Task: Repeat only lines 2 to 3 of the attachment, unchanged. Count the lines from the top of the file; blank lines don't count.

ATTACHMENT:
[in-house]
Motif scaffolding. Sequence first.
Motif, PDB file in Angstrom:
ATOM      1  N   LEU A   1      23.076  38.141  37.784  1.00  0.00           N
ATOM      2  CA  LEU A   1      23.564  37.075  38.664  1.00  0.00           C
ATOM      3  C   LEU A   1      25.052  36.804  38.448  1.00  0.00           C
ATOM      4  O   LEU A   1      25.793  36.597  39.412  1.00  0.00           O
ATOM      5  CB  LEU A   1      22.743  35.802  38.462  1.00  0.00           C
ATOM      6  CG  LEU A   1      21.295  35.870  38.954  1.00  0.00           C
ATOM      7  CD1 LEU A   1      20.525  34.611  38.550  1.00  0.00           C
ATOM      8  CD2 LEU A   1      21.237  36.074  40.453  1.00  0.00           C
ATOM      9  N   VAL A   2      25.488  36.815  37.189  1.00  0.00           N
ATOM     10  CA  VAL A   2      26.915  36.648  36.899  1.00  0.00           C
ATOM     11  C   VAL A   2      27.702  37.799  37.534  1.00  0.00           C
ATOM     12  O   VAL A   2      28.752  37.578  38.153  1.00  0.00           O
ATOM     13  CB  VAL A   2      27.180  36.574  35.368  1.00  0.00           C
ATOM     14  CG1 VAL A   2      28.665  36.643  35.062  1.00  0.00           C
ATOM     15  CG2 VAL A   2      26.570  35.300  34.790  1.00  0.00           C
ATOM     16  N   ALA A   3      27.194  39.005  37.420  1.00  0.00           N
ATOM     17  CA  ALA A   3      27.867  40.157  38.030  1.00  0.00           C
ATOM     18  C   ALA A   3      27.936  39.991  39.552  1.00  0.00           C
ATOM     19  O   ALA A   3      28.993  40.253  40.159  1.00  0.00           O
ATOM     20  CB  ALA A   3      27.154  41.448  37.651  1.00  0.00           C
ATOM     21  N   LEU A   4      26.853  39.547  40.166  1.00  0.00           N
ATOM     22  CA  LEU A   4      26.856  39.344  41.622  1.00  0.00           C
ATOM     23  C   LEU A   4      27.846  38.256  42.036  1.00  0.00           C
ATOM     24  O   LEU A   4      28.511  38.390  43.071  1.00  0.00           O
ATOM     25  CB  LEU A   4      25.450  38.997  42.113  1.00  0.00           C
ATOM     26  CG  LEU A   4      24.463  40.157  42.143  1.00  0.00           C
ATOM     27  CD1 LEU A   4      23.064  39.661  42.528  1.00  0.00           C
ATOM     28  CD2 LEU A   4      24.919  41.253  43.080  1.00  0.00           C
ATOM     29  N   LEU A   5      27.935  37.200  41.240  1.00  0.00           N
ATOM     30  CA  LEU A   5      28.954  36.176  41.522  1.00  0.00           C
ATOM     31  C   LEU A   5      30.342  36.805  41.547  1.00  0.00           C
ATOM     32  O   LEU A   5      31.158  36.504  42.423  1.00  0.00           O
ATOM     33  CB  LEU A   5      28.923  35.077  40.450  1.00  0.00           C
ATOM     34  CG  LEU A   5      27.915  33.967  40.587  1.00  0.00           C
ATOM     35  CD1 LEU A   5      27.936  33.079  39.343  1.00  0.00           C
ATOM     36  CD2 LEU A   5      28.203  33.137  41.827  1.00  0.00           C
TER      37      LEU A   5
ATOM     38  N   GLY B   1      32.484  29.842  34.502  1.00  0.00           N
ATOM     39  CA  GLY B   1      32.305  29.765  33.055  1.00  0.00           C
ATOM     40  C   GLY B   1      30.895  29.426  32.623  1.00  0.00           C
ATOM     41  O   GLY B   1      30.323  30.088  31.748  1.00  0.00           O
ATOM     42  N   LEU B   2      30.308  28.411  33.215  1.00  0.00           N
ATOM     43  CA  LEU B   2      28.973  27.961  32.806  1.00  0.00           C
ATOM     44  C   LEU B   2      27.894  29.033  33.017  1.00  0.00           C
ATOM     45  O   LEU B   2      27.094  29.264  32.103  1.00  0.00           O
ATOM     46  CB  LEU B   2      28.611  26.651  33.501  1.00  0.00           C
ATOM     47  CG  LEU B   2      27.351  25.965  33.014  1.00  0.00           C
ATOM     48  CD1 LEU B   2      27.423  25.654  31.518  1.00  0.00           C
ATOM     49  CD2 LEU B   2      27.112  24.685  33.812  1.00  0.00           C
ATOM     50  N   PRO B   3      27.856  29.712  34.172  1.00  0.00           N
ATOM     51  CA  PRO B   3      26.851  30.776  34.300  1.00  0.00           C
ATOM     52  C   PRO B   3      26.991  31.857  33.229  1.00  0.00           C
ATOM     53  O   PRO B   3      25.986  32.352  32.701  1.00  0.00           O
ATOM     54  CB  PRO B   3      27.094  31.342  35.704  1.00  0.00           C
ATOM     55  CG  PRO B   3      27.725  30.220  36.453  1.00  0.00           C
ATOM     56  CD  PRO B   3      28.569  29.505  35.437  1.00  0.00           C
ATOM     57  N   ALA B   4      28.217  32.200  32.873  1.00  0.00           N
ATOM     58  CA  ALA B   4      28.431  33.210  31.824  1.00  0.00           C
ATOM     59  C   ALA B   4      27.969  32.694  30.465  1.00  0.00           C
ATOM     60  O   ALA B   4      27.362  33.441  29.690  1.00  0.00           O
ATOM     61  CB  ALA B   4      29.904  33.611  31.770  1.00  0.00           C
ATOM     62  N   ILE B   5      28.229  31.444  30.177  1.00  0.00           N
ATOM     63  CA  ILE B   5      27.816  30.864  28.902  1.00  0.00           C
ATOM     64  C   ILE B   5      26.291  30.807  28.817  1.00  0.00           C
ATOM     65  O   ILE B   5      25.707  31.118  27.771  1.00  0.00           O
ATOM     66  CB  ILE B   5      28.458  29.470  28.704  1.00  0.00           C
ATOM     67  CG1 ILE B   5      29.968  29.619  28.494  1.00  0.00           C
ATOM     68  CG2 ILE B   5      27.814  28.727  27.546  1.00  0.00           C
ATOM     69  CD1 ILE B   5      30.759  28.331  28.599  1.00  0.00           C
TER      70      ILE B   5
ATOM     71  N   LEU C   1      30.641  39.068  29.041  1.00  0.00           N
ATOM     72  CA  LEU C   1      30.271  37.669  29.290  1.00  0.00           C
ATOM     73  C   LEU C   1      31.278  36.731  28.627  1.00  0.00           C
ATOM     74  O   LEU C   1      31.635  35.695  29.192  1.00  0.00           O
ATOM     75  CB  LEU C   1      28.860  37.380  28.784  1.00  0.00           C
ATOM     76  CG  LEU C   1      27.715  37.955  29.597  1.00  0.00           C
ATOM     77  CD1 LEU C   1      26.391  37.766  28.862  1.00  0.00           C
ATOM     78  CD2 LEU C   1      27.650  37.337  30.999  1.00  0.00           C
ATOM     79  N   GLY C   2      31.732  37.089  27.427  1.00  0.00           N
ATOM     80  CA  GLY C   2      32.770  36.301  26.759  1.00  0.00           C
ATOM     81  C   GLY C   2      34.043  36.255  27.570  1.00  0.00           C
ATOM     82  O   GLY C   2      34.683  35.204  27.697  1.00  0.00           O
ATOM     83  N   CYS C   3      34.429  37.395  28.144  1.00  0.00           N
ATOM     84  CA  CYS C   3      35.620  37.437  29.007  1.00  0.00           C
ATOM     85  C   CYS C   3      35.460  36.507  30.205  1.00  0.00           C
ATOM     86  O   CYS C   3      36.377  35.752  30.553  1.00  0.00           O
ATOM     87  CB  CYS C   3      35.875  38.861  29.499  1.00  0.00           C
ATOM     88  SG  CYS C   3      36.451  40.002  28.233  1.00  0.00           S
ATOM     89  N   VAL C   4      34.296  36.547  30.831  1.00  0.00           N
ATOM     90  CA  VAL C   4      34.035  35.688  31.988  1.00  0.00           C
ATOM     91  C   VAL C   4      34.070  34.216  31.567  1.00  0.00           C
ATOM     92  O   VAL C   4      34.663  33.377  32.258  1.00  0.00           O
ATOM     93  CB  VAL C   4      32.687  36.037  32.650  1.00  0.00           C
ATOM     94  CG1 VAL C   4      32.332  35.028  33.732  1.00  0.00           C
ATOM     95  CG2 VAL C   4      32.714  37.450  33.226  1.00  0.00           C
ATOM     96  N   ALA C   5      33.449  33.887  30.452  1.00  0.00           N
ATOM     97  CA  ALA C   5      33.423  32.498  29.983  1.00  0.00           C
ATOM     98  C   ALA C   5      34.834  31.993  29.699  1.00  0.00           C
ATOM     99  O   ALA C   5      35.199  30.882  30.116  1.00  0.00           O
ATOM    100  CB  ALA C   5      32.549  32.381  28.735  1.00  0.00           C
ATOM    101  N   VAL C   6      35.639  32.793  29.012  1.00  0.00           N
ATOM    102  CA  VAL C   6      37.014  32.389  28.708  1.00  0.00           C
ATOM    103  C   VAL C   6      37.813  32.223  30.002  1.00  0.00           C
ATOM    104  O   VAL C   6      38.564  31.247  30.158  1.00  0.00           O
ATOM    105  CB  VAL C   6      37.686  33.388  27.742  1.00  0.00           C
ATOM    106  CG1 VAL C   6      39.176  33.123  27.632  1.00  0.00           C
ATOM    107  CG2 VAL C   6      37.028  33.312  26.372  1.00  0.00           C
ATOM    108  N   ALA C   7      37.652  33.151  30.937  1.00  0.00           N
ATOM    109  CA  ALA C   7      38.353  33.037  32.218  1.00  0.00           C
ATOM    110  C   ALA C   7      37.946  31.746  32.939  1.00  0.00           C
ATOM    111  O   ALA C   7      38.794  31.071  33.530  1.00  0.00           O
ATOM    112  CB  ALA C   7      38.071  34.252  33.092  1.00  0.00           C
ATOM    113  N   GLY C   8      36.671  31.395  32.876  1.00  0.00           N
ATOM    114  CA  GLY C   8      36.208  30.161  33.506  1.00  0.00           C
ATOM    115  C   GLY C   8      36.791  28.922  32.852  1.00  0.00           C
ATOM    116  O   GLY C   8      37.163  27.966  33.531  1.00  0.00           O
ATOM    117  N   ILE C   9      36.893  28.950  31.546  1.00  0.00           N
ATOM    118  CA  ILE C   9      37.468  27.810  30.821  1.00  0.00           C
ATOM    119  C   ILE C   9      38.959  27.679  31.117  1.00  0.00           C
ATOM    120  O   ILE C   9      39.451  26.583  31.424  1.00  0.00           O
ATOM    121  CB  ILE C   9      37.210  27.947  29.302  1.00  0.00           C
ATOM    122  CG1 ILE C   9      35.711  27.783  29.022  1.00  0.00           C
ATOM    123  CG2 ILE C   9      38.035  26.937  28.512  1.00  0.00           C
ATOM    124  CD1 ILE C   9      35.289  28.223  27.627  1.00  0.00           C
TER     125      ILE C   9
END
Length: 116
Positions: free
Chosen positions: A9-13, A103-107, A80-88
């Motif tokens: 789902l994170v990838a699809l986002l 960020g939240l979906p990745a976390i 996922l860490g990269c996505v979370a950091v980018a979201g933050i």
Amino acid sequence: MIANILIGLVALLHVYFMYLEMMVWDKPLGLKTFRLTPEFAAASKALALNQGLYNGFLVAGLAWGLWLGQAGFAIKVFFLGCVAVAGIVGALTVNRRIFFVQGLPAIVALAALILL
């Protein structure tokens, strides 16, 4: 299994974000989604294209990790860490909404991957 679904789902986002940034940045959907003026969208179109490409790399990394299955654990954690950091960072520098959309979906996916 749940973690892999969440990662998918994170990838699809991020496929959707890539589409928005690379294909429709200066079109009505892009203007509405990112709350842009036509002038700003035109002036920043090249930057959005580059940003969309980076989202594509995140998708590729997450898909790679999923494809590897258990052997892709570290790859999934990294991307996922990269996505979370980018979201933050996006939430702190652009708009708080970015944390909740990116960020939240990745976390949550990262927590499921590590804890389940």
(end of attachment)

Motif scaffolding. Sequence first.
Motif, PDB file in Angstrom: